The 25 gayest cities in Texas

We’re still working to get in touch with demographer Gary Gates of UCLA’s Williams Institute, the guru of all things gay and Census, to go over those freshly released data on same-sex couples in Texas. Gates says via email that he’s been slammed with media calls all morning and will get back to us as soon as he can. In the meantime, he sent over another tidbit in the form of an Excel spreadsheet listing all cities in Texas ranked according to the rate of same-sex couples per 1,000 households. As we mentioned earlier, Dallas has the highest rate of same-sex couples in the state, followed by Galveston and Austin. The list, which we’ve posted below, contains some major surprises — with cities like Hutto and Jollyville appearing in the top 10, for example. And yes, this does go to show that we are everywhere, but also keep in mind that the cities are ranked according to rate per 1,000 households. So, while Houston has the highest total number of same-sex couples (8,290), it has a much larger population than Dallas and therefore a lower rate. Also, my headline is deliberately misleading because the Census doesn’t count single gays. And in case you’re wondering, the city with the lowest rate of same-sex couples in Texas is College Station, with 131 or 3.74 per 1,000 households. Stay tuned for more as soon as we’re able to talk to Gates.

Check out the top 25:

—  John Wright

Resource Center Dallas calls for investigation of city’s handling of gay discrimination complaints

Resource Center Dallas is calling on the city to investigate whether the intent of its ordinance prohibiting anti-LGBT discrimination is being honored.

In a letter today to three city council members, Resource Center’s Rafael McDonnell points to Dallas Voice reports saying that in the nine years since the ordinance was passed, more than 40 complaints have been filed, but none has ever been prosecuted.

McDonnell’s letter to Councilwomen Angela Hunt, Delia Jasso and Pauline Medrano was triggered by reports on this blog last week about anti-gay discrimination by the Baylor Tom Landry Fitness Center, which has repeatedly refused to sell family memberships to same-sex couples.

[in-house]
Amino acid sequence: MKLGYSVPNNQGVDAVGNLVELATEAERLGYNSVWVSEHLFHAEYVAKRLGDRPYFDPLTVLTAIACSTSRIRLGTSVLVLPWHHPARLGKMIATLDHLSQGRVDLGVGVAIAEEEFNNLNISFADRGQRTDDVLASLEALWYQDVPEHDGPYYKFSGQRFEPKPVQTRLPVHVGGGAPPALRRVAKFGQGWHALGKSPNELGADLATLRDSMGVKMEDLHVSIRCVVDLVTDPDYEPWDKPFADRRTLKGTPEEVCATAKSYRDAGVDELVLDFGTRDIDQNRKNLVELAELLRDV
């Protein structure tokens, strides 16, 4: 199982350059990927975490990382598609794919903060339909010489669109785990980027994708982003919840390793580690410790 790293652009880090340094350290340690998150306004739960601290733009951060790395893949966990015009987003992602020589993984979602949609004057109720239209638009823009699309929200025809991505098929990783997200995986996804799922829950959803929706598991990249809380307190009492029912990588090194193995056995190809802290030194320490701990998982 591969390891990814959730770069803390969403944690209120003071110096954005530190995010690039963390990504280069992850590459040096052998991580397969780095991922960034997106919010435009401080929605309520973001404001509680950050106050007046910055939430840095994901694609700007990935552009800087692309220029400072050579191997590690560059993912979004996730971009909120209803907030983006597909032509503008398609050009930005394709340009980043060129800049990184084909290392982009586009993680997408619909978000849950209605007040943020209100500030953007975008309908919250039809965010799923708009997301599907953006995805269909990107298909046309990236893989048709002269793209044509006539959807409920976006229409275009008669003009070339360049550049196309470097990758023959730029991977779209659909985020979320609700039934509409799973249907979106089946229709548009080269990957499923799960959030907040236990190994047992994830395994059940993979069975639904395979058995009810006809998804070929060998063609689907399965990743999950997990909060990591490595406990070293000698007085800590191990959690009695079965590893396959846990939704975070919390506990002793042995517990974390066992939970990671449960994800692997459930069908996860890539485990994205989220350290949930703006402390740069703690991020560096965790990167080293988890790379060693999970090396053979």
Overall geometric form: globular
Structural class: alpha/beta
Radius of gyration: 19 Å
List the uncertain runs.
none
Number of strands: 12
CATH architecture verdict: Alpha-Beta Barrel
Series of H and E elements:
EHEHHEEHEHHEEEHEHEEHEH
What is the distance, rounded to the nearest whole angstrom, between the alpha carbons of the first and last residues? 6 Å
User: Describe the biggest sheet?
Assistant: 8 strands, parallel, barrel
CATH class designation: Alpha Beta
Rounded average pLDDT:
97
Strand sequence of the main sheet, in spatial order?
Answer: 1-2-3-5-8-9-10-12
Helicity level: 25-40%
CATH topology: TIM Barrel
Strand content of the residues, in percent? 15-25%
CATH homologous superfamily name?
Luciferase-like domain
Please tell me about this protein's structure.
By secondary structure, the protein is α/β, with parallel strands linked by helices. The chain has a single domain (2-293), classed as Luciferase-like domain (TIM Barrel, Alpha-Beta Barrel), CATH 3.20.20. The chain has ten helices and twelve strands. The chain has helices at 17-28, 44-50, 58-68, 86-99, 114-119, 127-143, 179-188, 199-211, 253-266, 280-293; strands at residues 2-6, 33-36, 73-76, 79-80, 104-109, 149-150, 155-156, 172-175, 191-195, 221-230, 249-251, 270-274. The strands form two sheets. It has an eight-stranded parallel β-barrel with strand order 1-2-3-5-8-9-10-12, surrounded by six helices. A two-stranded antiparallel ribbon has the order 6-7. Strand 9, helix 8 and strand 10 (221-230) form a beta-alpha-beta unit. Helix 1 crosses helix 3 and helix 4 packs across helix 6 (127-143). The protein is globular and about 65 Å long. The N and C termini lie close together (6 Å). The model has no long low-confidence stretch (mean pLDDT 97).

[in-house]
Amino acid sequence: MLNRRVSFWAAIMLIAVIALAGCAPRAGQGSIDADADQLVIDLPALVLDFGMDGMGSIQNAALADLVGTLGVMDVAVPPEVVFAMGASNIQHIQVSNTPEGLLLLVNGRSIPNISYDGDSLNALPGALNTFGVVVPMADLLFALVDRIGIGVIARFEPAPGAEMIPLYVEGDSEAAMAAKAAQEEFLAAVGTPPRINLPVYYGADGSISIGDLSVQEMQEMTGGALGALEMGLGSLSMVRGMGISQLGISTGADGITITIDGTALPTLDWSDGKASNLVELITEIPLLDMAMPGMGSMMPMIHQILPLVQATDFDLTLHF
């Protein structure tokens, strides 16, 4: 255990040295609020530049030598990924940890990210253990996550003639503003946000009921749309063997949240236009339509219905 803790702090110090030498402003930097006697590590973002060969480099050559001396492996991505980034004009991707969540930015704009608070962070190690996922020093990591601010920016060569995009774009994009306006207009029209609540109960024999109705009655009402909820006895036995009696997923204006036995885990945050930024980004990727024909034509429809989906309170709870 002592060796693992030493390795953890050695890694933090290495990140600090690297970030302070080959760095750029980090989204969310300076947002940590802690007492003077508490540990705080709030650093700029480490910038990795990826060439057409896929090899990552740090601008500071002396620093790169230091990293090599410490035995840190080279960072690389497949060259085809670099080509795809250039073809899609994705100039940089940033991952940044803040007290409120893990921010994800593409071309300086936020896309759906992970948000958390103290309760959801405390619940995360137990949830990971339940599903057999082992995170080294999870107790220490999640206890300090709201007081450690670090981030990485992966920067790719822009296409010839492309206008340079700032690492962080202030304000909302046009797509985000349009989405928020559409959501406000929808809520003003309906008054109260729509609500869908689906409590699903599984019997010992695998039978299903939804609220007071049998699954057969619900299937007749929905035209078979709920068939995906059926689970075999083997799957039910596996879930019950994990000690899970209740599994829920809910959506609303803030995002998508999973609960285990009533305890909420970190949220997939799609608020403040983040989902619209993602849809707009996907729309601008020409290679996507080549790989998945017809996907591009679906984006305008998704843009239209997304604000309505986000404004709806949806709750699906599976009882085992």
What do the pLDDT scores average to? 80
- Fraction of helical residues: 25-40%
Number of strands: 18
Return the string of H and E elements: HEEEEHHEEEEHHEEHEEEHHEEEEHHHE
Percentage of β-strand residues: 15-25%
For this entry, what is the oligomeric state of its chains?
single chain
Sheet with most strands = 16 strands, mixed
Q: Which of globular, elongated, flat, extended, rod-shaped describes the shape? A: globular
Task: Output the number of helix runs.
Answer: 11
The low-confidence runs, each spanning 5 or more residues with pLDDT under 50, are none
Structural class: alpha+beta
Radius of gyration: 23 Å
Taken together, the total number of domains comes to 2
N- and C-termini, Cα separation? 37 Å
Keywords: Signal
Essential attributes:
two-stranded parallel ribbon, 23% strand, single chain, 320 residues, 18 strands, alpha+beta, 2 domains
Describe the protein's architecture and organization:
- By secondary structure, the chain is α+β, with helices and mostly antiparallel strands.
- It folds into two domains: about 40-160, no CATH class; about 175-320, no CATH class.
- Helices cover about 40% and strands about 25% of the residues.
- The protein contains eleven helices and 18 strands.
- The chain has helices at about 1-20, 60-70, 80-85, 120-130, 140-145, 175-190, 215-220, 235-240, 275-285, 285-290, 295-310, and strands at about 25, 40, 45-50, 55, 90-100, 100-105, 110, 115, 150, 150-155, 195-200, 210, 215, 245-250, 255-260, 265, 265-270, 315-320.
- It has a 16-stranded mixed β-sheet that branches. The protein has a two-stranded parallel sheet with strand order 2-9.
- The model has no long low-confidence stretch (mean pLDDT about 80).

The city ordinance, passed in 2002, prohibits discrimination based on sexual orientation in employment, housing and public accommodations. Gender identity is included in the definition of sexual orientation under the ordinance. Each violation of the ordinance is punishable by a maximum $500 fine.

A Dallas Voice investigation in 2008 concluded that at the time, 33 complaints had been filed under the ordinance. In 22 of those cases, the City Attorney’s Office determined that there was no cause to prosecute.

Of the other 11 cases, three were successfully resolved through mediation; three people withdrew their complaints after signing statements indicating that defendants had taken actions necessary to address their concerns; five complaints were found to be nonjurisdictional, meaning the incidents occurred outside city limits or defendants were exempt from the ordinance; and in one case the party filing the complaint couldn’t be located.

Here’s the full text of McDonnell’s letter:

Dear Councilmembers Jasso, Medrano and Hunt,

As you three know, Dallas is one of a handful of cities in Texas that includes sexual orientation and gender identity in its non-discrimination policy. Resource Center Dallas is proud to be in a city offering such protections. We assume that you, like us, are disturbed by last week’s stories on the Dallas Voice’s blog.

The Voice reported that a gay couple who recently moved to Dallas sought to join Baylor’s Tom Landry Center under the family membership program. The couple was advised that Baylor only offers family members to people who are married as defined by Texas law. There is no same-gender alternative, which, to us, is monetized discrimination.

The Voice’s blog also reported that since the ordinance became law in 2002, more than 40 complaints have been filed. Yet, shockingly, the City has not prosecuted one of those complaints. Is this correct? Are complaints being resolved through mediation, settlements, or are the lesbian, gay, bisexual and transgender people filing these grievances walking away empty-handed?

We write to ask for your help. We would like for you to call for an investigation of whether or not the intention of the ordinance is being honored. As we know you will agree, enacting an ordinance is only the first step in addressing discriminatory practices. The critical second step is its enforcement. From the Voice’s reporting, it sounds like the ordinance we all worked so hard to put in place may not be as effective as we thought.

Sincerely,

Rafael McDonnell
Strategic Communications and Programs Manager, Resource Center Dallas

—  John Wright